Woman kills husband to save her son

Mayor Daniel Crespo shotMembers of the Bell Gardens, California community are still trying to understand how their beloved Mayor could have been shot dead by his wife of 28 years. To them, Mayor Daniel Crespo was a hardworking family man who would do anything for his community. However, his family paints a much more sinister picture of the late Mayor.


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In the wake of his death, authorities are learning that Crespo was an abusive tyrant who subjected his wife Levette Crespo to decades of abuse. According to Sheriff's officials who interviewed Crespo's wife and their 19-year-old son, Levette and Crespo were engaged in yet another heated domestic dispute when their son intervened, at which point Crespo physically attacked the teen. Fearing for her son's life, Levette admits she grabbed her husband's gun and shot him in the torso three times. He died as he was being rushed to the hospital. Both Levette and her son, Daniel Crespo, Jr. required medical treatment for the cuts and bruises left on their face following the altercation.

Authorities questioned both mother and son, however they have decided to not press charges until after the L.A. District Attorney's office has had a chance to review the complicated case.

Crespo's death has left many of his neighbors, friends, and family members scratching their heads. Community members remember the Mayor as a kindhearted family man. "He was a good person, very friendly," recalls Crespo's neighbor Margarita Rios, before adding in Spanish that she barely knew the Mayor's wife.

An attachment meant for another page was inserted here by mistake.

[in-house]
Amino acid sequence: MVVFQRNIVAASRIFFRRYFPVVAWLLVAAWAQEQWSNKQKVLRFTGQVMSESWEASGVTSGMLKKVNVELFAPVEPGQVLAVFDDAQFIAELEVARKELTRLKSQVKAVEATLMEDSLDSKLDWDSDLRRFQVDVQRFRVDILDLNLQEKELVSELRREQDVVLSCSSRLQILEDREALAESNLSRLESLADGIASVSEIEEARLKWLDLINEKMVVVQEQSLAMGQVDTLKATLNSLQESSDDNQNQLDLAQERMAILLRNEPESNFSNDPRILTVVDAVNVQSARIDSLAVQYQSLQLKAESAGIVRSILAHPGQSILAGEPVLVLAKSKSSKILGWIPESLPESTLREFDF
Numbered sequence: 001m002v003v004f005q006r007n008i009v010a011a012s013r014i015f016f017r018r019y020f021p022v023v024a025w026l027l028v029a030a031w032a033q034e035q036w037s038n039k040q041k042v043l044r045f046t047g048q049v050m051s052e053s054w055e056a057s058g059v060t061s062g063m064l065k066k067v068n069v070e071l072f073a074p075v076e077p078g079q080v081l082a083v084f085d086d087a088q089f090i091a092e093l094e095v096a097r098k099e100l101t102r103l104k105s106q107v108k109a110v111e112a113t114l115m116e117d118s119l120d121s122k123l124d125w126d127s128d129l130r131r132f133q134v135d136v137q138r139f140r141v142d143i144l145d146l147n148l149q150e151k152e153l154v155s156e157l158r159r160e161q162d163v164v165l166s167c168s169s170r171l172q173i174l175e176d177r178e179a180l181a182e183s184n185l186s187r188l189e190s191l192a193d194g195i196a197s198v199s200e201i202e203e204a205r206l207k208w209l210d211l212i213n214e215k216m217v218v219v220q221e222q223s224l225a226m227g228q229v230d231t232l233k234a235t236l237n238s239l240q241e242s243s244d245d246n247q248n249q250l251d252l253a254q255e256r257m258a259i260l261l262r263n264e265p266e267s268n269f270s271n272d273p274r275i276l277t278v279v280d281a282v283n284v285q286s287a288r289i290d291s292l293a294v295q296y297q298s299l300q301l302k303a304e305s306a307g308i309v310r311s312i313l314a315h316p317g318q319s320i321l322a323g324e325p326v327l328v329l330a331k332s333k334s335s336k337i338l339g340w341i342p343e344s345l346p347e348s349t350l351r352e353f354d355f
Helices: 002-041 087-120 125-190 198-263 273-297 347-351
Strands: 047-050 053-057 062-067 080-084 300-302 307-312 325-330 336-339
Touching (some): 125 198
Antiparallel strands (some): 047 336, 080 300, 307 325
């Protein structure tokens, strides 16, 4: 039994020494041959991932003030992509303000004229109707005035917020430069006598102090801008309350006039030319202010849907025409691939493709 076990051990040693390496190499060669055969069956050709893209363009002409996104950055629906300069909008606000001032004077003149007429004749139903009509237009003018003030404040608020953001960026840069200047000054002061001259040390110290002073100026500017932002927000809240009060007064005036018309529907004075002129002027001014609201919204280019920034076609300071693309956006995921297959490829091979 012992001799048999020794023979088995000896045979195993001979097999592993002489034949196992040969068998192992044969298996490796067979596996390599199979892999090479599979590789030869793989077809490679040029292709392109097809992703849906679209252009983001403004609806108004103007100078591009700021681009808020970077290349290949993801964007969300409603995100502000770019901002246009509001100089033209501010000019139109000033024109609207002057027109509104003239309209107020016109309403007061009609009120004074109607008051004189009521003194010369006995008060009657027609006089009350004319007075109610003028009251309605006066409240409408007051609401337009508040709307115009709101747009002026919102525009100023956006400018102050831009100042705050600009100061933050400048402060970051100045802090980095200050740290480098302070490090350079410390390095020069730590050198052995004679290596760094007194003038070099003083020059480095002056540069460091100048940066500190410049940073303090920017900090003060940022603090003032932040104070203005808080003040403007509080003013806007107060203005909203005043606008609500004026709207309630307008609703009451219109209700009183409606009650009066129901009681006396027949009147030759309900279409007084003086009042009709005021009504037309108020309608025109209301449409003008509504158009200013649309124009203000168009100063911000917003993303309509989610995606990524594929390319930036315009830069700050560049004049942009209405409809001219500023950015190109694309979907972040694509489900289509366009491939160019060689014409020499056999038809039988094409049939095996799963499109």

Even those who did know Levette, find it hard to believe that she had been victimized by Crespo for so many years. William Crespo, the late Mayor's brother says he's never seen any evidence that his sister-in-law was a battered wife in all the years he's known her. However, Levette's lawyer Eber Bayona contends that just because she never picked up the phone to ask for help or presented any physical indications of abuse, that doesn't mean she wasn't a victim of domestic violence. "Looks can be deceiving," he explains. "'Victims of domestic violence are not always ready to pick up the phone to call police…Generally speaking, there is fear, they are psychologically imprisoned, they are entrapped in these situations. And sometimes it's not easy for them to tell somebody."

He's absolutely right. What a lot of people don't understand is that many victims of domestic violence often fear that reaching out for help will ultimately cause them more harm. What if their partner retaliates? What if no one believes them because their partner is so charismatic? What if others judge them for being in this relationship in the first place? It's not as simple as tossing on a Mary J. Blige song and setting his shit on fire as you storm out in a blaze of glory. There's a real fear for one's life that may even heighten when you have children.

Ultimately, Levette's fear for her children's safety outweighed her personal fear of her husband. I believe that she shot her husband with the intention of protecting her son, not with the intention of taking his life. Though it remains to be seen if the DA believes the same. I hope they do. The last thing Levette's children need is to lose both of their parents. As of right now, both of Daniel Crespo, Jr. and his sister Crystal Crespo stand behind their mother, though they are reportedly also mourning the loss of their father.

Image via Corbis

Topics: 911 call  abuse  assault  beating  crimes  crime  death  domestic abuse